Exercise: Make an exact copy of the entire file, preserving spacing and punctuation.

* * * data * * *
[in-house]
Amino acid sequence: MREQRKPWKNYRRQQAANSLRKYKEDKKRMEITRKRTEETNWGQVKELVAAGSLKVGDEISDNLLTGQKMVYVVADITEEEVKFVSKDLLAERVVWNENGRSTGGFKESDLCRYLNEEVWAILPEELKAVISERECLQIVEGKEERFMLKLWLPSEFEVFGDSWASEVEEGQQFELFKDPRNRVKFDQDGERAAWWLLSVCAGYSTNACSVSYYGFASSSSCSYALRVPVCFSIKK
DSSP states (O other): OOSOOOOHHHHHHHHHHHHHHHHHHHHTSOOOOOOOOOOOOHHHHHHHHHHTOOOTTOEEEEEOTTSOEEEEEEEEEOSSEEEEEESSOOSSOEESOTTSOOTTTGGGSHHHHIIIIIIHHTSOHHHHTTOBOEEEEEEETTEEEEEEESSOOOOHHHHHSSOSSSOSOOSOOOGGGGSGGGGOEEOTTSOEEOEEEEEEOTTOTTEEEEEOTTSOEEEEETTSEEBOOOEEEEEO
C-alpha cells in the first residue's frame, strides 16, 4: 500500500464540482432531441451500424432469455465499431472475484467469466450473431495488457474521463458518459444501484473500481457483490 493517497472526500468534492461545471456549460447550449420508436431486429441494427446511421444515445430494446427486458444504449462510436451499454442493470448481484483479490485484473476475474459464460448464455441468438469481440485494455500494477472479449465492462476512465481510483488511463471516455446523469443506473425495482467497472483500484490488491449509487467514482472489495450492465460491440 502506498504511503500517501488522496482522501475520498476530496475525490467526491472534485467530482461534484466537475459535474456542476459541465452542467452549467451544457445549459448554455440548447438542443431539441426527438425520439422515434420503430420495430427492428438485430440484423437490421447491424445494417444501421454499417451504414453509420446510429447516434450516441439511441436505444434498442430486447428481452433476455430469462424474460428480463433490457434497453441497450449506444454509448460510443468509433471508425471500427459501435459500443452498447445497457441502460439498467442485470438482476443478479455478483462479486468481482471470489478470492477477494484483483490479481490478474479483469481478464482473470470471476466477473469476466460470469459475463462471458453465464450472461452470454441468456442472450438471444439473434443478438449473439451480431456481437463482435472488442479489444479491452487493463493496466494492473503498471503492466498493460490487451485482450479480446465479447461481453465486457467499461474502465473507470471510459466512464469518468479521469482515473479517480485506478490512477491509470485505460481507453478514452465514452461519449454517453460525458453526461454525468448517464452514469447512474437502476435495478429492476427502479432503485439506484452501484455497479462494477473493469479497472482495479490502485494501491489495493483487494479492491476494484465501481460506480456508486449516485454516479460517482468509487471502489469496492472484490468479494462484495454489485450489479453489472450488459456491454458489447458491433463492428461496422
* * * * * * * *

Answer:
[in-house]
Amino acid sequence: MREQRKPWKNYRRQQAANSLRKYKEDKKRMEITRKRTEETNWGQVKELVAAGSLKVGDEISDNLLTGQKMVYVVADITEEEVKFVSKDLLAERVVWNENGRSTGGFKESDLCRYLNEEVWAILPEELKAVISERECLQIVEGKEERFMLKLWLPSEFEVFGDSWASEVEEGQQFELFKDPRNRVKFDQDGERAAWWLLSVCAGYSTNACSVSYYGFASSSSCSYALRVPVCFSIKK
DSSP states (O other): OOSOOOOHHHHHHHHHHHHHHHHHHHHTSOOOOOOOOOOOOHHHHHHHHHHTOOOTTOEEEEEOTTSOEEEEEEEEEOSSEEEEEESSOOSSOEESOTTSOOTTTGGGSHHHHIIIIIIHHTSOHHHHTTOBOEEEEEEETTEEEEEEESSOOOOHHHHHSSOSSSOSOOSOOOGGGGSGGGGOEEOTTSOEEOEEEEEEOTTOTTEEEEEOTTSOEEEEETTSEEBOOOEEEEEO
C-alpha cells in the first residue's frame, strides 16, 4: 500500500464540482432531441451500424432469455465499431472475484467469466450473431495488457474521463458518459444501484473500481457483490 493517497472526500468534492461545471456549460447550449420508436431486429441494427446511421444515445430494446427486458444504449462510436451499454442493470448481484483479490485484473476475474459464460448464455441468438469481440485494455500494477472479449465492462476512465481510483488511463471516455446523469443506473425495482467497472483500484490488491449509487467514482472489495450492465460491440 502506498504511503500517501488522496482522501475520498476530496475525490467526491472534485467530482461534484466537475459535474456542476459541465452542467452549467451544457445549459448554455440548447438542443431539441426527438425520439422515434420503430420495430427492428438485430440484423437490421447491424445494417444501421454499417451504414453509420446510429447516434450516441439511441436505444434498442430486447428481452433476455430469462424474460428480463433490457434497453441497450449506444454509448460510443468509433471508425471500427459501435459500443452498447445497457441502460439498467442485470438482476443478479455478483462479486468481482471470489478470492477477494484483483490479481490478474479483469481478464482473470470471476466477473469476466460470469459475463462471458453465464450472461452470454441468456442472450438471444439473434443478438449473439451480431456481437463482435472488442479489444479491452487493463493496466494492473503498471503492466498493460490487451485482450479480446465479447461481453465486457467499461474502465473507470471510459466512464469518468479521469482515473479517480485506478490512477491509470485505460481507453478514452465514452461519449454517453460525458453526461454525468448517464452514469447512474437502476435495478429492476427502479432503485439506484452501484455497479462494477473493469479497472482495479490502485494501491489495493483487494479492491476494484465501481460506480456508486449516485454516479460517482468509487471502489469496492472484490468479494462484495454489485450489479453489472450488459456491454458489447458491433463492428461496422